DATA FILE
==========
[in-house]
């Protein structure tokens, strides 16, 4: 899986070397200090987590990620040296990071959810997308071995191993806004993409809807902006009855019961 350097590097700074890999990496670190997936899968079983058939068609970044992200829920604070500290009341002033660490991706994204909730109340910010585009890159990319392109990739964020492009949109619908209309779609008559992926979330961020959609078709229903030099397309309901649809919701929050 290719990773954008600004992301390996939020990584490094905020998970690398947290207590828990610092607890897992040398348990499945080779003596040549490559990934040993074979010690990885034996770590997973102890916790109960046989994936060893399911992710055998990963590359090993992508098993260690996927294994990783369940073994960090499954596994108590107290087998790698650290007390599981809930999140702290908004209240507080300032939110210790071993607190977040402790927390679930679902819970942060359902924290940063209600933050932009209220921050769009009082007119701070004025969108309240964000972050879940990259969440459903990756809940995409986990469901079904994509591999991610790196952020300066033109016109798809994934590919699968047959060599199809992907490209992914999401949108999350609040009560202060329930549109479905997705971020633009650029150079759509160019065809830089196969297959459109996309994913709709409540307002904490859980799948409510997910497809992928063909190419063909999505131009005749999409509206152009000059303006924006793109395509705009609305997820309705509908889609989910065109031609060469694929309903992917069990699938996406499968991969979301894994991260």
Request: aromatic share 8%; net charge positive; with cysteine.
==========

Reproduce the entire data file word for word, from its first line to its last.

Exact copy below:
[in-house]
């Protein structure tokens, strides 16, 4: 899986070397200090987590990620040296990071959810997308071995191993806004993409809807902006009855019961 350097590097700074890999990496670190997936899968079983058939068609970044992200829920604070500290009341002033660490991706994204909730109340910010585009890159990319392109990739964020492009949109619908209309779609008559992926979330961020959609078709229903030099397309309901649809919701929050 290719990773954008600004992301390996939020990584490094905020998970690398947290207590828990610092607890897992040398348990499945080779003596040549490559990934040993074979010690990885034996770590997973102890916790109960046989994936060893399911992710055998990963590359090993992508098993260690996927294994990783369940073994960090499954596994108590107290087998790698650290007390599981809930999140702290908004209240507080300032939110210790071993607190977040402790927390679930679902819970942060359902924290940063209600933050932009209220921050769009009082007119701070004025969108309240964000972050879940990259969440459903990756809940995409986990469901079904994509591999991610790196952020300066033109016109798809994934590919699968047959060599199809992907490209992914999401949108999350609040009560202060329930549109479905997705971020633009650029150079759509160019065809830089196969297959459109996309994913709709409540307002904490859980799948409510997910497809992928063909190419063909999505131009005749999409509206152009000059303006924006793109395509705009609305997820309705509908889609989910065109031609060469694929309903992917069990699938996406499968991969979301894994991260």
Request: aromatic share 8%; net charge positive; with cysteine.